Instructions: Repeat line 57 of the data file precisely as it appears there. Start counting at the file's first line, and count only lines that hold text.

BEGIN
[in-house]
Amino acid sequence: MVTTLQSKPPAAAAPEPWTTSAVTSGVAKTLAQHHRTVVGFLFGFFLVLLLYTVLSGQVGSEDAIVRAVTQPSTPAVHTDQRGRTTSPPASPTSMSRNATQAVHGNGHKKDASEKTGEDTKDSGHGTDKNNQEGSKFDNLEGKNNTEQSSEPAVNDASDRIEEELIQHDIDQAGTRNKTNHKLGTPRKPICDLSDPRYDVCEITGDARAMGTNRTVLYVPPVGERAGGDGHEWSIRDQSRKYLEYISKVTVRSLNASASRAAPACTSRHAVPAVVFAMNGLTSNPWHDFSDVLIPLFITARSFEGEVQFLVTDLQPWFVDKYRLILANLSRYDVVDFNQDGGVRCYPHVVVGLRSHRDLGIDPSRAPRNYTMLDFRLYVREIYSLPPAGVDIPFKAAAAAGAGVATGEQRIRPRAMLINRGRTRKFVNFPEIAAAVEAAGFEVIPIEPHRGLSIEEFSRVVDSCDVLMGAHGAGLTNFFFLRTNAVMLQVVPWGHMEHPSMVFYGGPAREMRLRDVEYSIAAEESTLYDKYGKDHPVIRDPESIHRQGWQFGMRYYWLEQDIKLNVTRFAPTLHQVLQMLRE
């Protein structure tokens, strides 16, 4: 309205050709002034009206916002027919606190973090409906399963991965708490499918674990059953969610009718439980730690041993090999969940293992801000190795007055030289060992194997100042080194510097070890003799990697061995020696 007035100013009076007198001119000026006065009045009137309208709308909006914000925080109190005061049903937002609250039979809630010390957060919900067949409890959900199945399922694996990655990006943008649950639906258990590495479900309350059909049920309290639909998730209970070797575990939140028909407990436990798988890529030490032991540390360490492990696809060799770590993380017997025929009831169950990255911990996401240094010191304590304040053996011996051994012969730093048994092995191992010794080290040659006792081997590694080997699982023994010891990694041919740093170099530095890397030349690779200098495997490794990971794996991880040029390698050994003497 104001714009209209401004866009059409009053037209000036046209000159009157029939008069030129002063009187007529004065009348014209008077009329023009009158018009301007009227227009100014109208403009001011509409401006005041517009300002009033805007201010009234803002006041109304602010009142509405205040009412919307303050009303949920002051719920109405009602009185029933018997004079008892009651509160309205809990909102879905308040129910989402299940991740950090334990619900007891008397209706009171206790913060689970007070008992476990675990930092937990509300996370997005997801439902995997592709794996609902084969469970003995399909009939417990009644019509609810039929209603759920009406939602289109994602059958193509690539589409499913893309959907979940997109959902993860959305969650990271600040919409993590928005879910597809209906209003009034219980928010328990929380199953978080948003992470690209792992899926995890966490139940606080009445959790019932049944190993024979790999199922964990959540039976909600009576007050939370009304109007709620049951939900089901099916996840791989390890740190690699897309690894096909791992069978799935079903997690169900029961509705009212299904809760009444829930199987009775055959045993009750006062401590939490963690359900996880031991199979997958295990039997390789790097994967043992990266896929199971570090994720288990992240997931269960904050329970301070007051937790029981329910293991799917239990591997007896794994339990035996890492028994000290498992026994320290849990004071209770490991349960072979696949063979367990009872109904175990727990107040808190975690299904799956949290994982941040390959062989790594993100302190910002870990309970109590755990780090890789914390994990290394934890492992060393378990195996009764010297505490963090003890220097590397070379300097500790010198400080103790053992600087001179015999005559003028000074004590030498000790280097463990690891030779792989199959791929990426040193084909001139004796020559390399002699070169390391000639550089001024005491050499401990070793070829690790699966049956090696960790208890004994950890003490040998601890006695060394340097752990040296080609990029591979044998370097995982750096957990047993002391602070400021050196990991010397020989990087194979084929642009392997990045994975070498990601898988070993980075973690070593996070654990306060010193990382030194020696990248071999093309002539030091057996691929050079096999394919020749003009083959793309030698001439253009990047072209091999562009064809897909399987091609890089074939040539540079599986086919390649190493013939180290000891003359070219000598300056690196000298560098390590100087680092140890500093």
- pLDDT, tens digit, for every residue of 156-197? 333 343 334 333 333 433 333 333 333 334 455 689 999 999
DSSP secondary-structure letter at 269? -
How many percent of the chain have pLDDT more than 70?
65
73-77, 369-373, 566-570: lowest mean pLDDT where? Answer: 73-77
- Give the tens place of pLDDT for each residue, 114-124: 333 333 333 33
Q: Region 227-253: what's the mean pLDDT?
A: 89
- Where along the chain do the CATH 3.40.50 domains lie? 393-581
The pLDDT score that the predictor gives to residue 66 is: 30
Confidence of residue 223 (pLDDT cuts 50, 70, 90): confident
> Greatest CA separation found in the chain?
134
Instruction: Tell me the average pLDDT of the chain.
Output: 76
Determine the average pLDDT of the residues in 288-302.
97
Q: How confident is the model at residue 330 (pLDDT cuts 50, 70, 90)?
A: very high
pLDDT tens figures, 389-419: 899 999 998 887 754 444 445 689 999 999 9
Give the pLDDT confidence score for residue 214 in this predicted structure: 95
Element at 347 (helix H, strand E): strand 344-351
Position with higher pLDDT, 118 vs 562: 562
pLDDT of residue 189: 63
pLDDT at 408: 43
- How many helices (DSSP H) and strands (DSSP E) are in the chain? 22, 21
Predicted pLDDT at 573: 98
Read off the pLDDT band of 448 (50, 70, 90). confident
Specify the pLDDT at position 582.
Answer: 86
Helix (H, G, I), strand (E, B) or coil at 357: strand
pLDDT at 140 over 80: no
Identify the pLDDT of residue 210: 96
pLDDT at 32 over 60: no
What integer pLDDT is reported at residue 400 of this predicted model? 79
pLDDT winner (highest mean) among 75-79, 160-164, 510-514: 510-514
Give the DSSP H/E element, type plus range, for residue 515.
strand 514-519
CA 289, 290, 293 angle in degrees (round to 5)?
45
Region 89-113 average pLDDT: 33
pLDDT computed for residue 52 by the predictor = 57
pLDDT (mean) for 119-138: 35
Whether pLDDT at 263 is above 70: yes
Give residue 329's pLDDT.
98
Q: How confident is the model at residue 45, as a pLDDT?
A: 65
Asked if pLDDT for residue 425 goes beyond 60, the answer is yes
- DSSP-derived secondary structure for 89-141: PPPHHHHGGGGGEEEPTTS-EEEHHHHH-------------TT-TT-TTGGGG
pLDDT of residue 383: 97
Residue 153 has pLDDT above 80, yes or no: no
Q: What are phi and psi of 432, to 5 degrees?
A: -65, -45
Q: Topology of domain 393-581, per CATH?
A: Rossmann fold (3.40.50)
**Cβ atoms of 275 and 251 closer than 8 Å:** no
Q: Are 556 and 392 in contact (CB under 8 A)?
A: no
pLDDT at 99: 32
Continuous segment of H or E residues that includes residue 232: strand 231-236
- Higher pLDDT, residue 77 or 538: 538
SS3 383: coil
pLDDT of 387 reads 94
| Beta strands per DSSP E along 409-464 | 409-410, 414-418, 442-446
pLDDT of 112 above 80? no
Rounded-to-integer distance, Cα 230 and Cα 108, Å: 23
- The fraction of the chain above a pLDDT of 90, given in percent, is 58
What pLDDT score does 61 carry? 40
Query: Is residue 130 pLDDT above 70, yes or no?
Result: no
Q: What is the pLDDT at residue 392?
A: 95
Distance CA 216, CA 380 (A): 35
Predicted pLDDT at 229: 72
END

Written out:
A: -65, -45